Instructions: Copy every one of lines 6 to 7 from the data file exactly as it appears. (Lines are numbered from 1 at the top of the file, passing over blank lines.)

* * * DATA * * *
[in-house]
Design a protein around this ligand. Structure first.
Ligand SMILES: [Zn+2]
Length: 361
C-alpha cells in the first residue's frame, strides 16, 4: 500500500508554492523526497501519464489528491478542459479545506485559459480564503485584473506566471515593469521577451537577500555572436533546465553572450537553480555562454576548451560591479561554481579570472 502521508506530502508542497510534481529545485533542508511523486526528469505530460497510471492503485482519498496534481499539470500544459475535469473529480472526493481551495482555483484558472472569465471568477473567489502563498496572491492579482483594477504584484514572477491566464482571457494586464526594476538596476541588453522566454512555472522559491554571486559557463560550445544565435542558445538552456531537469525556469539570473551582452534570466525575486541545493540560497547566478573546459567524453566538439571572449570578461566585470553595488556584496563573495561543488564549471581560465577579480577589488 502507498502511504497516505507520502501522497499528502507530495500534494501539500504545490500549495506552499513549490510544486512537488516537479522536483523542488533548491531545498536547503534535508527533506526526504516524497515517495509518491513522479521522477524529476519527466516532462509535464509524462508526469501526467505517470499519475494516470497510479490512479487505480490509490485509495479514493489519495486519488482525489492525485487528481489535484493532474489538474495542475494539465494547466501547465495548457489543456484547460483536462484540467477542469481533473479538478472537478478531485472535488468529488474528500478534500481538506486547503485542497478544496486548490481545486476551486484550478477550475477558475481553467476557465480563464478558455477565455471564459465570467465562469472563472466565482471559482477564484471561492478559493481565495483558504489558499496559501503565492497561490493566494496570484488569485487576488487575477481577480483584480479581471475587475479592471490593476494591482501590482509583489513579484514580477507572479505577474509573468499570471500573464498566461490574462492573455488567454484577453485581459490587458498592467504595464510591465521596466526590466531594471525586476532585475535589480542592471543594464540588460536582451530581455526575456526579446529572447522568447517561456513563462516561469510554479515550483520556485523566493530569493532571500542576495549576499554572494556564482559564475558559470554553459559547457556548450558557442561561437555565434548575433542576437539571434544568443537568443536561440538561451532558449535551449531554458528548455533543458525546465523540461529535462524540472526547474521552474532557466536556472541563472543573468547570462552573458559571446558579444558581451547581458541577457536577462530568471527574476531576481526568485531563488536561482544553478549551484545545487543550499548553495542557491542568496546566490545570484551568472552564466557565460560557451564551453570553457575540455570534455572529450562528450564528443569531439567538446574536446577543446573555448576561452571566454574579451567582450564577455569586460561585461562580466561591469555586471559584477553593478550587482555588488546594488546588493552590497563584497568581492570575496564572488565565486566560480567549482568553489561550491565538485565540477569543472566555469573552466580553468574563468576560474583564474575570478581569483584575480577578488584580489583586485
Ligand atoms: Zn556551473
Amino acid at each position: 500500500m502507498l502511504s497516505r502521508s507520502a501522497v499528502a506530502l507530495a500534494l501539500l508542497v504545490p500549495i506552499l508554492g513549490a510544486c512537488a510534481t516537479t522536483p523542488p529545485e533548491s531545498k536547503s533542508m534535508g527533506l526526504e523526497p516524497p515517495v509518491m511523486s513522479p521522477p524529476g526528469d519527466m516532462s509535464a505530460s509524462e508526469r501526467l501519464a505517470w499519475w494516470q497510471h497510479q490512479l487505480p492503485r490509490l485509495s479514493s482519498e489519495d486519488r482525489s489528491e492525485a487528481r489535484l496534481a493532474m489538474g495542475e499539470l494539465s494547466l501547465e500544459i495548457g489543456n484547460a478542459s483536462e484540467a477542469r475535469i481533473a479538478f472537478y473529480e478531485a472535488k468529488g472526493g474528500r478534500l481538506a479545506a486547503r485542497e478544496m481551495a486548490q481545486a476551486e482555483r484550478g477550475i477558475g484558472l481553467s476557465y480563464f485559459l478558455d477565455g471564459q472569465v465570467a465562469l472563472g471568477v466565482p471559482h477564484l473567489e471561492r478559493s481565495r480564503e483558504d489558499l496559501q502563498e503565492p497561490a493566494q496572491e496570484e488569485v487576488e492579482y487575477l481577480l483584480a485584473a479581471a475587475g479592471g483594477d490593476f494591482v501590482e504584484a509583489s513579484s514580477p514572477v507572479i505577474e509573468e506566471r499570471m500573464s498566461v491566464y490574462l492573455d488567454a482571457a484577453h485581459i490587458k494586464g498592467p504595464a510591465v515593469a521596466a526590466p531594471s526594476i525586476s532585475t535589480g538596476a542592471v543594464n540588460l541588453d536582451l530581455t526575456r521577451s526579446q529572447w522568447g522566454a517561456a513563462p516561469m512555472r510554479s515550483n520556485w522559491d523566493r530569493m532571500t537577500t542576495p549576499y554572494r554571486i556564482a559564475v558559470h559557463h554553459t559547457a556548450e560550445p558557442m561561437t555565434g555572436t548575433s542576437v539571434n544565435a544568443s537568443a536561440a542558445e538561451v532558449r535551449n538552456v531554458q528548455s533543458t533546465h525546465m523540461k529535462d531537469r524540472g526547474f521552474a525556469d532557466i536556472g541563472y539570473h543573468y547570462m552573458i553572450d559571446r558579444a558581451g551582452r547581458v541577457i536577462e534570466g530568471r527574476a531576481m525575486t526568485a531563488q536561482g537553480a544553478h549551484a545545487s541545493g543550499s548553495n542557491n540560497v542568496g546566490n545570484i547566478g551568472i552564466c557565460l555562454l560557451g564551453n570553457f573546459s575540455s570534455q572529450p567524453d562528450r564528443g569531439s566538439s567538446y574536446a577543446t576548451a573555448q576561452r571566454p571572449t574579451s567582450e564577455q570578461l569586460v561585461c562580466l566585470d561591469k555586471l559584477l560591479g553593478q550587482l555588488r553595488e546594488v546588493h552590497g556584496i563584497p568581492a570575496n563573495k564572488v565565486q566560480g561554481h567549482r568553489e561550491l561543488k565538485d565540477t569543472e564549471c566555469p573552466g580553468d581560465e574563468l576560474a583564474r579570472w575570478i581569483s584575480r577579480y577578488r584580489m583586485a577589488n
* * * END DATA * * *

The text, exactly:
Ligand atoms: Zn556551473
Amino acid at each position: 500500500m502507498l502511504s497516505r502521508s507520502a501522497v499528502a506530502l507530495a500534494l501539500l508542497v504545490p500549495i506552499l508554492g513549490a510544486c512537488a510534481t516537479t522536483p523542488p529545485e533548491s531545498k536547503s533542508m534535508g527533506l526526504e523526497p516524497p515517495v509518491m511523486s513522479p521522477p524529476g526528469d519527466m516532462s509535464a505530460s509524462e508526469r501526467l501519464a505517470w499519475w494516470q497510471h497510479q490512479l487505480p492503485r490509490l485509495s479514493s482519498e489519495d486519488r482525489s489528491e492525485a487528481r489535484l496534481a493532474m489538474g495542475e499539470l494539465s494547466l501547465e500544459i495548457g489543456n484547460a478542459s483536462e484540467a477542469r475535469i481533473a479538478f472537478y473529480e478531485a472535488k468529488g472526493g474528500r478534500l481538506a479545506a486547503r485542497e478544496m481551495a486548490q481545486a476551486e482555483r484550478g477550475i477558475g484558472l481553467s476557465y480563464f485559459l478558455d477565455g471564459q472569465v465570467a465562469l472563472g471568477v466565482p471559482h477564484l473567489e471561492r478559493s481565495r480564503e483558504d489558499l496559501q502563498e503565492p497561490a493566494q496572491e496570484e488569485v487576488e492579482y487575477l481577480l483584480a485584473a479581471a475587475g479592471g483594477d490593476f494591482v501590482e504584484a509583489s513579484s514580477p514572477v507572479i505577474e509573468e506566471r499570471m500573464s498566461v491566464y490574462l492573455d488567454a482571457a484577453h485581459i490587458k494586464g498592467p504595464a510591465v515593469a521596466a526590466p531594471s526594476i525586476s532585475t535589480g538596476a542592471v543594464n540588460l541588453d536582451l530581455t526575456r521577451s526579446q529572447w522568447g522566454a517561456a513563462p516561469m512555472r510554479s515550483n520556485w522559491d523566493r530569493m532571500t537577500t542576495p549576499y554572494r554571486i556564482a559564475v558559470h559557463h554553459t559547457a556548450e560550445p558557442m561561437t555565434g555572436t548575433s542576437v539571434n544565435a544568443s537568443a536561440a542558445e538561451v532558449r535551449n538552456v531554458q528548455s533543458t533546465h525546465m523540461k529535462d531537469r524540472g526547474f521552474a525556469d532557466i536556472g541563472y539570473h543573468y547570462m552573458i553572450d559571446r558579444a558581451g551582452r547581458v541577457i536577462e534570466g530568471r527574476a531576481m525575486t526568485a531563488q536561482g537553480a544553478h549551484a545545487s541545493g543550499s548553495n542557491n540560497v542568496g546566490n545570484i547566478g551568472i552564466c557565460l555562454l560557451g564551453n570553457f573546459s575540455s570534455q572529450p567524453d562528450r564528443g569531439s566538439s567538446y574536446a577543446t576548451a573555448q576561452r571566454p571572449t574579451s567582450e564577455q570578461l569586460v561585461c562580466l566585470d561591469k555586471l559584477l560591479g553593478q550587482l555588488r553595488e546594488v546588493h552590497g556584496i563584497p568581492a570575496n563573495k564572488v565565486q566560480g561554481h567549482r568553489e561550491l561543488k565538485d565540477t569543472e564549471c566555469p573552466g580553468d581560465e574563468l576560474a583564474r579570472w575570478i581569483s584575480r577579480y577578488r584580489m583586485a577589488n